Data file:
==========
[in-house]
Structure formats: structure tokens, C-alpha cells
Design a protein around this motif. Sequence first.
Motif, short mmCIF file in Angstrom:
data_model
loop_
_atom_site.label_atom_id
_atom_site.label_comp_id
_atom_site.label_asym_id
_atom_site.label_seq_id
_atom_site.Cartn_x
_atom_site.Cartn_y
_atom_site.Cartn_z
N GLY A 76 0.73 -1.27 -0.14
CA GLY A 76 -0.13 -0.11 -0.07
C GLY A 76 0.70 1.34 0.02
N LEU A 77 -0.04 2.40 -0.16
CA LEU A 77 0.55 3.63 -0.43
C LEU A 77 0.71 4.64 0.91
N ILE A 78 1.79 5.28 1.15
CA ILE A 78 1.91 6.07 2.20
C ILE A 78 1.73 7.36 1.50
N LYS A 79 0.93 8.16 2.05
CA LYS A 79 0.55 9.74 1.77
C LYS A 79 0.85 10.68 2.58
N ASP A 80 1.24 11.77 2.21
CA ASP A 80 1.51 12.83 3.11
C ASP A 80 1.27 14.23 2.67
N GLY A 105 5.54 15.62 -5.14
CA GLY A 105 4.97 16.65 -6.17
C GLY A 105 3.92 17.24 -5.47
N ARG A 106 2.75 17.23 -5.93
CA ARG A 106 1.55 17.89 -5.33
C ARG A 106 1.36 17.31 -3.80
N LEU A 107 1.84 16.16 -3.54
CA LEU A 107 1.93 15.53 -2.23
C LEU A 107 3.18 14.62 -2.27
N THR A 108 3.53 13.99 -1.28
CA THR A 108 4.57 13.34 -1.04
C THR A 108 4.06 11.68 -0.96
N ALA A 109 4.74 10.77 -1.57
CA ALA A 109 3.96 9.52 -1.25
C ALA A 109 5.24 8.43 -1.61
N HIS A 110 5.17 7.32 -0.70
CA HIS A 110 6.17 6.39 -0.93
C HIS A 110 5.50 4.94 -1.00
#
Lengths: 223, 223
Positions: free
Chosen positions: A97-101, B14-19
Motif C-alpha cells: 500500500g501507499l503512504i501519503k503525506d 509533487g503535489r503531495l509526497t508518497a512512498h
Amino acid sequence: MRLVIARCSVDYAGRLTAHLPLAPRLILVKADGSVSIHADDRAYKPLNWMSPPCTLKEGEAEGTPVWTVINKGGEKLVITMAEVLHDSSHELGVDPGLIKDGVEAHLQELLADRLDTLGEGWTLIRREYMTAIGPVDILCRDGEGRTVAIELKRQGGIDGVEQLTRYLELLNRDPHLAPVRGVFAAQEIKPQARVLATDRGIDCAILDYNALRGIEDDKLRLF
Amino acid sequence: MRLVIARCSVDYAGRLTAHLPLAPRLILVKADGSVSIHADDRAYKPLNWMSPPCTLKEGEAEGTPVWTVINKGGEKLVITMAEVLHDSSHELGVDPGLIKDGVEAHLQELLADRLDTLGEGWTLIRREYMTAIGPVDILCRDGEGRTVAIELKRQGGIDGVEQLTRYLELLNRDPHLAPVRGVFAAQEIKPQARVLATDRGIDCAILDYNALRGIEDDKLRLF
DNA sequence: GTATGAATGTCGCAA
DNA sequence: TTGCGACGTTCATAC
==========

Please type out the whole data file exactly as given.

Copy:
[in-house]
Structure formats: structure tokens, C-alpha cells
Design a protein around this motif. Sequence first.
Motif, short mmCIF file in Angstrom:
data_model
loop_
_atom_site.label_atom_id
_atom_site.label_comp_id
_atom_site.label_asym_id
_atom_site.label_seq_id
_atom_site.Cartn_x
_atom_site.Cartn_y
_atom_site.Cartn_z
N GLY A 76 0.73 -1.27 -0.14
CA GLY A 76 -0.13 -0.11 -0.07
C GLY A 76 0.70 1.34 0.02
N LEU A 77 -0.04 2.40 -0.16
CA LEU A 77 0.55 3.63 -0.43
C LEU A 77 0.71 4.64 0.91
N ILE A 78 1.79 5.28 1.15
CA ILE A 78 1.91 6.07 2.20
C ILE A 78 1.73 7.36 1.50
N LYS A 79 0.93 8.16 2.05
CA LYS A 79 0.55 9.74 1.77
C LYS A 79 0.85 10.68 2.58
N ASP A 80 1.24 11.77 2.21
CA ASP A 80 1.51 12.83 3.11
C ASP A 80 1.27 14.23 2.67
N GLY A 105 5.54 15.62 -5.14
CA GLY A 105 4.97 16.65 -6.17
C GLY A 105 3.92 17.24 -5.47
N ARG A 106 2.75 17.23 -5.93
CA ARG A 106 1.55 17.89 -5.33
C ARG A 106 1.36 17.31 -3.80
N LEU A 107 1.84 16.16 -3.54
CA LEU A 107 1.93 15.53 -2.23
C LEU A 107 3.18 14.62 -2.27
N THR A 108 3.53 13.99 -1.28
CA THR A 108 4.57 13.34 -1.04
C THR A 108 4.06 11.68 -0.96
N ALA A 109 4.74 10.77 -1.57
CA ALA A 109 3.96 9.52 -1.25
C ALA A 109 5.24 8.43 -1.61
N HIS A 110 5.17 7.32 -0.70
CA HIS A 110 6.17 6.39 -0.93
C HIS A 110 5.50 4.94 -1.00
#
Lengths: 223, 223
Positions: free
Chosen positions: A97-101, B14-19
Motif C-alpha cells: 500500500g501507499l503512504i501519503k503525506d 509533487g503535489r503531495l509526497t508518497a512512498h
Amino acid sequence: MRLVIARCSVDYAGRLTAHLPLAPRLILVKADGSVSIHADDRAYKPLNWMSPPCTLKEGEAEGTPVWTVINKGGEKLVITMAEVLHDSSHELGVDPGLIKDGVEAHLQELLADRLDTLGEGWTLIRREYMTAIGPVDILCRDGEGRTVAIELKRQGGIDGVEQLTRYLELLNRDPHLAPVRGVFAAQEIKPQARVLATDRGIDCAILDYNALRGIEDDKLRLF
Amino acid sequence: MRLVIARCSVDYAGRLTAHLPLAPRLILVKADGSVSIHADDRAYKPLNWMSPPCTLKEGEAEGTPVWTVINKGGEKLVITMAEVLHDSSHELGVDPGLIKDGVEAHLQELLADRLDTLGEGWTLIRREYMTAIGPVDILCRDGEGRTVAIELKRQGGIDGVEQLTRYLELLNRDPHLAPVRGVFAAQEIKPQARVLATDRGIDCAILDYNALRGIEDDKLRLF
DNA sequence: GTATGAATGTCGCAA
DNA sequence: TTGCGACGTTCATAC